Dan Greller, co-CIO at Legg Mason, a global asset-management firm with $685 billion under management, hasn't put any systems in the cloud. Security isn't good enough yet and integration challenges give him pause, he says. "Commodity" applications, such as help-desk management, would be best suited for early cloud experiments, he says, in part because they don't need to be tightly integrated with Legg Mason's core business systems.
Bad integration can degrade overall application performance, which a financial services firm can't afford, he says. "Going to a more distributed computing model always brings up concerns about performance, and cloud is extreme distributed computing," he says. For example, if an analytics application running on-premise draws data from different transaction systems in the cloud, business analysts have to know how the integration occurs and with what latency so they don't make decisions or run analyses on wrong or old data. So while Greller doesn't dismiss cloud computing, he wants to see how standards evolve before making a serious commitment. If he knows that any cloud vendors he might work with will adhere to solid standards, then integration will be easier and more reliable, he says.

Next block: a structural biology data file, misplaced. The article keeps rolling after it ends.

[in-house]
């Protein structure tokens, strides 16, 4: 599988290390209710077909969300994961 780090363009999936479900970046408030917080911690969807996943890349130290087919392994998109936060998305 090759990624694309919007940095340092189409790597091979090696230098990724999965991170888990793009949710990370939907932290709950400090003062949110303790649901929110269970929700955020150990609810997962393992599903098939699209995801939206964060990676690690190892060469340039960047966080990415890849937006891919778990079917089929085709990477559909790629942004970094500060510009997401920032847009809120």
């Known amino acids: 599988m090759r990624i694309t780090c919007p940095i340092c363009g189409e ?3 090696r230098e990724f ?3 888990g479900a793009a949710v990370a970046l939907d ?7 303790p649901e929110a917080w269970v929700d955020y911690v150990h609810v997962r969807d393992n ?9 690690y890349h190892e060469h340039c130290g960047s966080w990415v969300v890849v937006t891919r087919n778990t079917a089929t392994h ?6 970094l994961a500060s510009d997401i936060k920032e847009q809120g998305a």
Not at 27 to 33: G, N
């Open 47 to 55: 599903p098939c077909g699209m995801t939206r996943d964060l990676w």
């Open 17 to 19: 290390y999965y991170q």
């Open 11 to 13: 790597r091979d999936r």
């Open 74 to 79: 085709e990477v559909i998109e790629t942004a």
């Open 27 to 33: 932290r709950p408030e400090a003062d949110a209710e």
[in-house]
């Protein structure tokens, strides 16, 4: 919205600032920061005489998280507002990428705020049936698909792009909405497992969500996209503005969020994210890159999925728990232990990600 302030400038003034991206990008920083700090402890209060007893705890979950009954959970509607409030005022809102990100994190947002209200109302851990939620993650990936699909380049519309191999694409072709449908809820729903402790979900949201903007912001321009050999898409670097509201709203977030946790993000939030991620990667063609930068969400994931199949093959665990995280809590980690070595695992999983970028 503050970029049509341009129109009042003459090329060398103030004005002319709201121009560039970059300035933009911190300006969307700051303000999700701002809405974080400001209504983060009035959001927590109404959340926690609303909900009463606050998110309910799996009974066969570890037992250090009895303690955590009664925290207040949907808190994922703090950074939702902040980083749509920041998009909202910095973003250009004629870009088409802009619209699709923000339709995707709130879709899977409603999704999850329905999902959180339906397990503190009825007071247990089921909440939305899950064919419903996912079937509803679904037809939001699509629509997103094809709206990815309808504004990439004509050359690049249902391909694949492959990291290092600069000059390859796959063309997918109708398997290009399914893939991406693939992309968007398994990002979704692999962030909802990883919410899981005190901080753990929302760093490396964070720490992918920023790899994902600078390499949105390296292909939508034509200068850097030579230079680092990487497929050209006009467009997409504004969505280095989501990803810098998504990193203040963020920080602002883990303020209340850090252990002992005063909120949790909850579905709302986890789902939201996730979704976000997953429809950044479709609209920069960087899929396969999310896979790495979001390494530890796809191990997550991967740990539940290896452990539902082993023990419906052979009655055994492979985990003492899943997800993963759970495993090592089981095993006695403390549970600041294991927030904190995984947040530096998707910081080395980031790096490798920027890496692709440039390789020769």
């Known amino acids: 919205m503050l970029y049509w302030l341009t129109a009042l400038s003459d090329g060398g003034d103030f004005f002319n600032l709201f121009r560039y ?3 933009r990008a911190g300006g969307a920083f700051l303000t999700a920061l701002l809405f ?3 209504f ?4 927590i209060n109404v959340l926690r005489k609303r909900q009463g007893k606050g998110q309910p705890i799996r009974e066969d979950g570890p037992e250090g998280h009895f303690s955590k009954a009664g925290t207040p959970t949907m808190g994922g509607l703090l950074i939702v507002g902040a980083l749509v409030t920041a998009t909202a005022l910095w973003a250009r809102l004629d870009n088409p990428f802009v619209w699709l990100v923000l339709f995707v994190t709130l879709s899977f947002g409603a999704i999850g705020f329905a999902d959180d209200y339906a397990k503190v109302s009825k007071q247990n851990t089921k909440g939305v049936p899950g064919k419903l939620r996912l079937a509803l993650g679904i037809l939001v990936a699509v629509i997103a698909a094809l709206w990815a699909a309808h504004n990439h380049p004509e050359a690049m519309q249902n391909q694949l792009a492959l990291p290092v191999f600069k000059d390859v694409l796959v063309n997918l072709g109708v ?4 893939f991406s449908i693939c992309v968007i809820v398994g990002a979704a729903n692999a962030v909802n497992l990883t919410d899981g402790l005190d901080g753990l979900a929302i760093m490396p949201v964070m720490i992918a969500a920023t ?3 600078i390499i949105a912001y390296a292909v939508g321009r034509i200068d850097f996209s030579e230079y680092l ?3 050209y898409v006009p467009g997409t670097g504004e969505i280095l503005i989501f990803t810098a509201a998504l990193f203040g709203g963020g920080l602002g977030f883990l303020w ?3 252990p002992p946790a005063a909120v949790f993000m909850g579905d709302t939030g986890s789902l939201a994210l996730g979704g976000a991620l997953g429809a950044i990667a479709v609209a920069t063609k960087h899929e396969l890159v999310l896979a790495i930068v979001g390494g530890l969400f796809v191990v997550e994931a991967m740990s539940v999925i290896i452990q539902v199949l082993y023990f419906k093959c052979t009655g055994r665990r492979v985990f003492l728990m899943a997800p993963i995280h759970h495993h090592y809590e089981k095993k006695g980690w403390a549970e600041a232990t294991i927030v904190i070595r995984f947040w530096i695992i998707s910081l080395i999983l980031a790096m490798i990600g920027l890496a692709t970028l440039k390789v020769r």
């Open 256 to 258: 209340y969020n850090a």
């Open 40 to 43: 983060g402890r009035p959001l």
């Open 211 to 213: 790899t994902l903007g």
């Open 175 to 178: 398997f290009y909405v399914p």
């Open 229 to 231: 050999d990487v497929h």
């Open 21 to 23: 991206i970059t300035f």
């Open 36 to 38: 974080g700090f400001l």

Money isn’t everything
Cloud vendors may have technology and pricing that appeal to cost-cutters, but some vendors haven't yet figured out how to be business partners with CIOs who aren't looking only to save money, says Steve Cranford, a managing director at PricewaterhouseCoopers.
CIOs considering ways to improve operations, generate revenue and find competitive advantage don't just want to hand over critical systems to cloud vendors simply to lower costs, says Cranford, who consults with CIOs building business intelligence and data-management systems. Some CIOs want cloud vendors to consult with them about bigger goals, including integrating competing cloud systems with each other and merging cloud systems with those on-premise. Cloud providers are taking some steps toward providing this capability. Amazon, for example, works with Capgemini to help CIOs evaluate cloud offerings. Verizon offers "vendor-neutral" cloud consulting. But consulting is not central to cloud vendors' business models, Cranford says—at least, not yet. "Most cloud providers are heavy technology companies—speeds, feeds and firewalls."
Colburn, who has piloted some cloud applications, agrees. "We're seeing maturity issues with some of the product lines," he says. "We and they have to walk before we run."